Lapvona by Ottessa Moshfegh
In a village in a medieval fiefdom buffeted by natural disasters, a motherless shepherd boy finds himself the unlikely pivot of a power struggle that puts all manner of faith to a savage test, in a spellbinding novel that represents Ottessa Moshfegh’s most exciting leap yet.

As Cooked on TikTok
This cookbook features both viral and brand-new recipes from many of the community’s most beloved TikTok food creators.

Gilt by Jamie Brenner
“Gilt is a dazzling page-turner. Family intrigue, sparkling gems, long-buried secrets, juicy twists and turns . . . what more could you ask for in a novel? Jamie Brenner is my go-to author for my beach bag!” –Elyssa Friedland, author of Last Summer at the Golden Hotel

How to Fake It in Hollywood by Ava Wilder
A talented Hollywood starlet and a reclusive A-lister enter into a fake relationship . . . and discover that their feelings might be more than a PR stunt in this sexy debut.

Monday, June 6, 2022

best books of 2022


TIME magazine has posted their picks for the best books of the year so far.  These selections pick apart what it means to grieve, how to love after loss, and what it takes to survive the unthinkable. These stories offer a comforting reminder that we all grapple with hardship—and that there is light, even in the darkest of situations.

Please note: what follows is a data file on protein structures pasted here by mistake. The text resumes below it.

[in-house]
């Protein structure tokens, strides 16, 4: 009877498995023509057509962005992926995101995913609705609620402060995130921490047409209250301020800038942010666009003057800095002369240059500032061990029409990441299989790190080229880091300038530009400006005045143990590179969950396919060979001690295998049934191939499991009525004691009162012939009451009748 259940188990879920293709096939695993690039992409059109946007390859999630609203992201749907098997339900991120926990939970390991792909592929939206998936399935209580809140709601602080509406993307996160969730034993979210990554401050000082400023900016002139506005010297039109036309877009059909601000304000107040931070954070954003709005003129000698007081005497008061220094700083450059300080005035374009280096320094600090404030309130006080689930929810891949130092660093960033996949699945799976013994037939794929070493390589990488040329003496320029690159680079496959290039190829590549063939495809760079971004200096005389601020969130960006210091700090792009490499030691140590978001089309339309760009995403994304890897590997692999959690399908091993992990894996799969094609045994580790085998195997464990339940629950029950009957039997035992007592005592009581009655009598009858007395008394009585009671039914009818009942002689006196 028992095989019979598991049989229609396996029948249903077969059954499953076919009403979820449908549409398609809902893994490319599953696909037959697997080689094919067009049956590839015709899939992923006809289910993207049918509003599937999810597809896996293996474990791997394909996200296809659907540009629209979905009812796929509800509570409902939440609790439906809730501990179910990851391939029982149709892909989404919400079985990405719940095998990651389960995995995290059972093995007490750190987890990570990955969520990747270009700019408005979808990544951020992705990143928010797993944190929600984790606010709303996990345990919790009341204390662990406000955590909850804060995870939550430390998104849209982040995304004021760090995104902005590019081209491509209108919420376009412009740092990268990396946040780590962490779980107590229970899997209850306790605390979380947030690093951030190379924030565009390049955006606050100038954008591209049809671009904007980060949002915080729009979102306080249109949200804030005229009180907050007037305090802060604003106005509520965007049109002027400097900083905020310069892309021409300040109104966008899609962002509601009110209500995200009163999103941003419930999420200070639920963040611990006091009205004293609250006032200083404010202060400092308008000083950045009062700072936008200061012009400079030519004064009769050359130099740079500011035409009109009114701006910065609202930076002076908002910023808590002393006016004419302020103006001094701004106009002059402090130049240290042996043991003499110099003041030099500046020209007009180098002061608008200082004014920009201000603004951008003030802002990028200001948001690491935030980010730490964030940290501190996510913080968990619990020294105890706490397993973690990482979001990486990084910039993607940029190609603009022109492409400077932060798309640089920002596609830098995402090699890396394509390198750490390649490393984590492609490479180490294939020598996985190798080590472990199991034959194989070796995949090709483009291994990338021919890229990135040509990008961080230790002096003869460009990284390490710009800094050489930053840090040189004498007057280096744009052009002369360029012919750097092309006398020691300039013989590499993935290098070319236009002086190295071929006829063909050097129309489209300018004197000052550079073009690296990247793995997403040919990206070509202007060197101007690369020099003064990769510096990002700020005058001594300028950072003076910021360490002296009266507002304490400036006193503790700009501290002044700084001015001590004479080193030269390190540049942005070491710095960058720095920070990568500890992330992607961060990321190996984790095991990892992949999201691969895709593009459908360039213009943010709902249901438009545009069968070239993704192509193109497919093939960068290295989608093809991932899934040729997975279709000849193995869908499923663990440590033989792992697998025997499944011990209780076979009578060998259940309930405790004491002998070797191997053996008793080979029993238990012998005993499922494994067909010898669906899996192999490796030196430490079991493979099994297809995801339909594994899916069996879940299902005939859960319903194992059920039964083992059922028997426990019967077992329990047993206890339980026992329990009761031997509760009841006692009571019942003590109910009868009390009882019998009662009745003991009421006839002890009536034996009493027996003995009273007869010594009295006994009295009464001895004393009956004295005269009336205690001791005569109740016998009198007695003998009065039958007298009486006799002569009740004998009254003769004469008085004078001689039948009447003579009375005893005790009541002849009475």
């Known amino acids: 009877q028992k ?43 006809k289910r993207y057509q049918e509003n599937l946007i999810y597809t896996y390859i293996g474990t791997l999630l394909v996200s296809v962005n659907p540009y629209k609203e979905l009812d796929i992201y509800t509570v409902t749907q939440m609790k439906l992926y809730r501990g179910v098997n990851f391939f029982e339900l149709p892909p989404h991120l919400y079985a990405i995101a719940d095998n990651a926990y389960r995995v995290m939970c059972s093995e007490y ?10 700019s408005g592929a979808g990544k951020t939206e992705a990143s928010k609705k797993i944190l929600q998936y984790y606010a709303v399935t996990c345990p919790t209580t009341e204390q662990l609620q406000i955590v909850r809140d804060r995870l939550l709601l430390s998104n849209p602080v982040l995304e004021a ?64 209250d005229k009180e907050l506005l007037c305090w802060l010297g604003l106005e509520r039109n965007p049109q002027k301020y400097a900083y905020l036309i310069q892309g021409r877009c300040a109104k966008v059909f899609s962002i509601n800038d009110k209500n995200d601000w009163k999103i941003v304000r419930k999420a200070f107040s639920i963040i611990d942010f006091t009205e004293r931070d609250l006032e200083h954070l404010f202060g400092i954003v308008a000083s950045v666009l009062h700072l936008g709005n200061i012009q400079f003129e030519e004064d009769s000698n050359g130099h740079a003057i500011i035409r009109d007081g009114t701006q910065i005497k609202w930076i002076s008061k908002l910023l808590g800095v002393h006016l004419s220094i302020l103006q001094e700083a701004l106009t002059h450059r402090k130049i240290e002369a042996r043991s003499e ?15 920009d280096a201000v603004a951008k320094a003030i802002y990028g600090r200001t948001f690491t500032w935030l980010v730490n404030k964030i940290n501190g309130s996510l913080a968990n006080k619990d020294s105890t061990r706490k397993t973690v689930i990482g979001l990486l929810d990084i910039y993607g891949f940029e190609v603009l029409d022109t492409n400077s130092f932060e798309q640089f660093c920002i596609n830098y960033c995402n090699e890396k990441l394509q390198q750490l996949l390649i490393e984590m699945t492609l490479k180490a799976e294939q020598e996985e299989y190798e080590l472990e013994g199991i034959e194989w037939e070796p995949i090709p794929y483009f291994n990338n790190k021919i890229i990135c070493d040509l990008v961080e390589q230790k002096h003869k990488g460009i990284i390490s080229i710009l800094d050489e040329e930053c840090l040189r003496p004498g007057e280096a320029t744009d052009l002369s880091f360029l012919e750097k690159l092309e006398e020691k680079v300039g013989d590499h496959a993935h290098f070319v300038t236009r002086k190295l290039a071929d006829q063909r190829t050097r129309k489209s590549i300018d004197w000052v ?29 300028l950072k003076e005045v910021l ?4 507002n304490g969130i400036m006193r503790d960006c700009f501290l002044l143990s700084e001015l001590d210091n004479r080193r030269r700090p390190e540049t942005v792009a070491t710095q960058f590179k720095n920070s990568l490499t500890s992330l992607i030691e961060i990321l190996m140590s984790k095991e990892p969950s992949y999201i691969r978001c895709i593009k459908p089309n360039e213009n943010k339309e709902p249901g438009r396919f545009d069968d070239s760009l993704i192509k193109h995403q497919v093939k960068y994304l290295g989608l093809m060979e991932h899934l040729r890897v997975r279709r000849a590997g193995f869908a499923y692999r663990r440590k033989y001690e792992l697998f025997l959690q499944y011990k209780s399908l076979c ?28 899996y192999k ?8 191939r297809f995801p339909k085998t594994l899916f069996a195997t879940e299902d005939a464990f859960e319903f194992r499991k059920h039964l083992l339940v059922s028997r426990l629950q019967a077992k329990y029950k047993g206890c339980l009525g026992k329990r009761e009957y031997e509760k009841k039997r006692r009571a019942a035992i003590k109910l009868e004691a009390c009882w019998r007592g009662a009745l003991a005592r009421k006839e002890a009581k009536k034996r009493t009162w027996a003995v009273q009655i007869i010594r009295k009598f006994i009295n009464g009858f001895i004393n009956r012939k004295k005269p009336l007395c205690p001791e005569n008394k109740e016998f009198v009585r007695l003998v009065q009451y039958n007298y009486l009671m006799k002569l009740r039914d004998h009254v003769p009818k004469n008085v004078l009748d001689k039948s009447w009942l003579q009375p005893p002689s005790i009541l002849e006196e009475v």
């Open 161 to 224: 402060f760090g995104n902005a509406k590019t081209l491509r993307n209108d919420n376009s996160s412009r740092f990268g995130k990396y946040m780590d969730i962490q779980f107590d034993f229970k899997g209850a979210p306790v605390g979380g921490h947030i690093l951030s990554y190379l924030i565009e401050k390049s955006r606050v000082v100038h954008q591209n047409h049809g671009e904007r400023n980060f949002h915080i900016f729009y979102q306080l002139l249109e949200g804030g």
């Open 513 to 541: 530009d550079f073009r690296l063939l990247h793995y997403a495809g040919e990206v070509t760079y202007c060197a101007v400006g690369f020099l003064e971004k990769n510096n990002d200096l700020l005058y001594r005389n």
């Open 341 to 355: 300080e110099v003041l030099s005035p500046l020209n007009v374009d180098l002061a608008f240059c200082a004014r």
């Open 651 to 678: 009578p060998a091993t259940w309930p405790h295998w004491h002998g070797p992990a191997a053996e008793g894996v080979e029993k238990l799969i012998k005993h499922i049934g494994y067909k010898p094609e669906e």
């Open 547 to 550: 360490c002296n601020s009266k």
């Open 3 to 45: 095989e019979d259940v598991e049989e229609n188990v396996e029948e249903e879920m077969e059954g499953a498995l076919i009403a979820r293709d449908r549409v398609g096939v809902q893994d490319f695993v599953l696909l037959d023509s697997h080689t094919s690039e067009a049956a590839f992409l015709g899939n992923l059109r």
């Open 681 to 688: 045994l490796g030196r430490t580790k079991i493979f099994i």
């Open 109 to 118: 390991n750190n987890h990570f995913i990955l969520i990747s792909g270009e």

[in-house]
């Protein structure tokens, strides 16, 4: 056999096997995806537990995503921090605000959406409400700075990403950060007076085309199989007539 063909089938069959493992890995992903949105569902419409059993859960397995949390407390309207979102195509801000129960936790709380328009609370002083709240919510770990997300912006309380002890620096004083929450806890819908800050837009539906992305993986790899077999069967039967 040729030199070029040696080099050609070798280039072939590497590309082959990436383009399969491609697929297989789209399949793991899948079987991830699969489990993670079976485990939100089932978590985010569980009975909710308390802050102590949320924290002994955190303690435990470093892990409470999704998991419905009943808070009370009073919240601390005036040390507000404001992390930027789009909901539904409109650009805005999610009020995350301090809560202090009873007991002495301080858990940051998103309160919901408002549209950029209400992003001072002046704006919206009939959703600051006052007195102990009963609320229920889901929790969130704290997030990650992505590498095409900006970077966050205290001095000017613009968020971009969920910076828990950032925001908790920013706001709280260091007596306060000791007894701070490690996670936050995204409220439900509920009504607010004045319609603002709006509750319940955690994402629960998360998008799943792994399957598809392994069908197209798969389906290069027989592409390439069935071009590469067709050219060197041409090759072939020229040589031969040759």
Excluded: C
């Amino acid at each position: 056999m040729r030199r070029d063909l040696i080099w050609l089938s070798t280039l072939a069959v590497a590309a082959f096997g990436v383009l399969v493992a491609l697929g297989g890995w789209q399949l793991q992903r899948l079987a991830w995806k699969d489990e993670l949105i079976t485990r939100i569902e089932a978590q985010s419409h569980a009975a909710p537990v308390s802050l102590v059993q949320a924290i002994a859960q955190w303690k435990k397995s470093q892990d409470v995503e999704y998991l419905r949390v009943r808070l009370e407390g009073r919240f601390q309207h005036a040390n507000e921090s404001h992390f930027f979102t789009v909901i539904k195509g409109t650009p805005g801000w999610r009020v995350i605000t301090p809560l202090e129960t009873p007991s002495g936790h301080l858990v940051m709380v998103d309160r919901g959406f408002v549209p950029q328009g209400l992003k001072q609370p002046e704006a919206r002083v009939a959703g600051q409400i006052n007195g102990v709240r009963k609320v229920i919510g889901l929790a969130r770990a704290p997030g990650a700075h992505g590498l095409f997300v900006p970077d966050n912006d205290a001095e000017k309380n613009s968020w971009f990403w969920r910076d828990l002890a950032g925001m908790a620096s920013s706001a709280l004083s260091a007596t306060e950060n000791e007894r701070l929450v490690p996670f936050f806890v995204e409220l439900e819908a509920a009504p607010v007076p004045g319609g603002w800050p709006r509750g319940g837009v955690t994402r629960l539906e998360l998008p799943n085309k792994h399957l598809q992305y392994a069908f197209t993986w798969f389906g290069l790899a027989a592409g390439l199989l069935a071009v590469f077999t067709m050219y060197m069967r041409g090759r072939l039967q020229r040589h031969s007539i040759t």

The Naked Don’t Fear the Water: An Underground Journey with Afghan Refugees by Matthieu Aikins

In 2016, Canadian journalist Matthieu Aikins went undercover, forgoing his passport and identity, to join his Afghan friend Omar who was fleeing his war-torn country and leaving the woman he loved behind. Their harrowing experience is the basis for Aikins’ book, which chronicles the duo’s dangerous and emotional journey on the refugee trail from Afghanistan to Europe. As they are confronted with the many realities of war, Aikins spares no details in his urgent and empathetic narrative.

In Love: A Memoir of Love and Loss by Amy Bloom

The first pages of Amy Bloom’s memoir set up the book’s devastating ending: It’s January 2020 and Bloom and her husband are traveling to Switzerland, but only Bloom will return home. Her husband plans to end his life through a program based in Zurich. He has Alzheimer’s and wants to die on his terms. Though In Love is rooted in an impossibly sad situation, Bloom’s narrative is more than just an expertly crafted narrative on death and grief. It’s a beautiful love letter from a wife to her husband, rendered in the most delicate terms, about the life they shared together.

The School for Good Mothers by Jessamine Chan